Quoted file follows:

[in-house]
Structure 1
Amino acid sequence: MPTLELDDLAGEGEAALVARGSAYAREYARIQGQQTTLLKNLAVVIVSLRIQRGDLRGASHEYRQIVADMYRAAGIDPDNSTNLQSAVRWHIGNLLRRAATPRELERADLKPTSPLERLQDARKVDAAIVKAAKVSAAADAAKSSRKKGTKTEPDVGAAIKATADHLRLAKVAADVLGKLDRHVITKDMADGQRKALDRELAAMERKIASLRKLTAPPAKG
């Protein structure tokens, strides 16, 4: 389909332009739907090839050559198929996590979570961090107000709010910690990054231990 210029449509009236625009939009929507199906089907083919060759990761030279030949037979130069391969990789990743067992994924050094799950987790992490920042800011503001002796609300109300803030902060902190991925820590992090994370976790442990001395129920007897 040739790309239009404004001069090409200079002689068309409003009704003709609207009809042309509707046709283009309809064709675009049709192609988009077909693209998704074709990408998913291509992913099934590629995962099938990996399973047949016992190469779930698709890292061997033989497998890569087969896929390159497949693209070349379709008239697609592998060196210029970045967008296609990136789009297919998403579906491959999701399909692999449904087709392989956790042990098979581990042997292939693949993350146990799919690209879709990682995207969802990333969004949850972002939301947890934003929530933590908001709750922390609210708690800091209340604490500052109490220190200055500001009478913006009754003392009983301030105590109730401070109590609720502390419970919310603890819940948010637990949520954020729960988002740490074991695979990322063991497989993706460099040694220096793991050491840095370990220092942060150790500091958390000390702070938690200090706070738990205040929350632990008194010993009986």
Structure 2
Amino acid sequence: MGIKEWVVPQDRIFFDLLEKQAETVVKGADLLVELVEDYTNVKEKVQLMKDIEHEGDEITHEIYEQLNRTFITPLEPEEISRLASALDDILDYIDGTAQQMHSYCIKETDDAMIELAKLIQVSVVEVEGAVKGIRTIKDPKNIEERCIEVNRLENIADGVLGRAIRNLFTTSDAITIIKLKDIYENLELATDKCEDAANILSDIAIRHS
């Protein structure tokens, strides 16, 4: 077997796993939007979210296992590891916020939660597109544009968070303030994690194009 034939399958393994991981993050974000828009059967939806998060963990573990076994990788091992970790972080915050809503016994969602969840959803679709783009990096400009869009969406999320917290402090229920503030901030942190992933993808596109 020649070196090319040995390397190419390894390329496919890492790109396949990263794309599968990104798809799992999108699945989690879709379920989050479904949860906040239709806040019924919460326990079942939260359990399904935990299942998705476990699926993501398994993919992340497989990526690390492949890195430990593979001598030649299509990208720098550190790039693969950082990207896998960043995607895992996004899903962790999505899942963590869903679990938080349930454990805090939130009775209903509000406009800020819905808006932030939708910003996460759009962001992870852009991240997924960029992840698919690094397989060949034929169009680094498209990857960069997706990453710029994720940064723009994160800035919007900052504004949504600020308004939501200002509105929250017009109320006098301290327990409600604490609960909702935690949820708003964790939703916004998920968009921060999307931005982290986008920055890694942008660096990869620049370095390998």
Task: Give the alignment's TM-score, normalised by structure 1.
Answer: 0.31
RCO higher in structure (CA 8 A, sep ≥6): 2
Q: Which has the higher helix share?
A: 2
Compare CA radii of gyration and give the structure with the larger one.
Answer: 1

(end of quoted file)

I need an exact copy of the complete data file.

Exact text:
[in-house]
Structure 1
Amino acid sequence: MPTLELDDLAGEGEAALVARGSAYAREYARIQGQQTTLLKNLAVVIVSLRIQRGDLRGASHEYRQIVADMYRAAGIDPDNSTNLQSAVRWHIGNLLRRAATPRELERADLKPTSPLERLQDARKVDAAIVKAAKVSAAADAAKSSRKKGTKTEPDVGAAIKATADHLRLAKVAADVLGKLDRHVITKDMADGQRKALDRELAAMERKIASLRKLTAPPAKG
């Protein structure tokens, strides 16, 4: 389909332009739907090839050559198929996590979570961090107000709010910690990054231990 210029449509009236625009939009929507199906089907083919060759990761030279030949037979130069391969990789990743067992994924050094799950987790992490920042800011503001002796609300109300803030902060902190991925820590992090994370976790442990001395129920007897 040739790309239009404004001069090409200079002689068309409003009704003709609207009809042309509707046709283009309809064709675009049709192609988009077909693209998704074709990408998913291509992913099934590629995962099938990996399973047949016992190469779930698709890292061997033989497998890569087969896929390159497949693209070349379709008239697609592998060196210029970045967008296609990136789009297919998403579906491959999701399909692999449904087709392989956790042990098979581990042997292939693949993350146990799919690209879709990682995207969802990333969004949850972002939301947890934003929530933590908001709750922390609210708690800091209340604490500052109490220190200055500001009478913006009754003392009983301030105590109730401070109590609720502390419970919310603890819940948010637990949520954020729960988002740490074991695979990322063991497989993706460099040694220096793991050491840095370990220092942060150790500091958390000390702070938690200090706070738990205040929350632990008194010993009986």
Structure 2
Amino acid sequence: MGIKEWVVPQDRIFFDLLEKQAETVVKGADLLVELVEDYTNVKEKVQLMKDIEHEGDEITHEIYEQLNRTFITPLEPEEISRLASALDDILDYIDGTAQQMHSYCIKETDDAMIELAKLIQVSVVEVEGAVKGIRTIKDPKNIEERCIEVNRLENIADGVLGRAIRNLFTTSDAITIIKLKDIYENLELATDKCEDAANILSDIAIRHS
């Protein structure tokens, strides 16, 4: 077997796993939007979210296992590891916020939660597109544009968070303030994690194009 034939399958393994991981993050974000828009059967939806998060963990573990076994990788091992970790972080915050809503016994969602969840959803679709783009990096400009869009969406999320917290402090229920503030901030942190992933993808596109 020649070196090319040995390397190419390894390329496919890492790109396949990263794309599968990104798809799992999108699945989690879709379920989050479904949860906040239709806040019924919460326990079942939260359990399904935990299942998705476990699926993501398994993919992340497989990526690390492949890195430990593979001598030649299509990208720098550190790039693969950082990207896998960043995607895992996004899903962790999505899942963590869903679990938080349930454990805090939130009775209903509000406009800020819905808006932030939708910003996460759009962001992870852009991240997924960029992840698919690094397989060949034929169009680094498209990857960069997706990453710029994720940064723009994160800035919007900052504004949504600020308004939501200002509105929250017009109320006098301290327990409600604490609960909702935690949820708003964790939703916004998920968009921060999307931005982290986008920055890694942008660096990869620049370095390998």
Task: Give the alignment's TM-score, normalised by structure 1.
Answer: 0.31
RCO higher in structure (CA 8 A, sep ≥6): 2
Q: Which has the higher helix share?
A: 2
Compare CA radii of gyration and give the structure with the larger one.
Answer: 1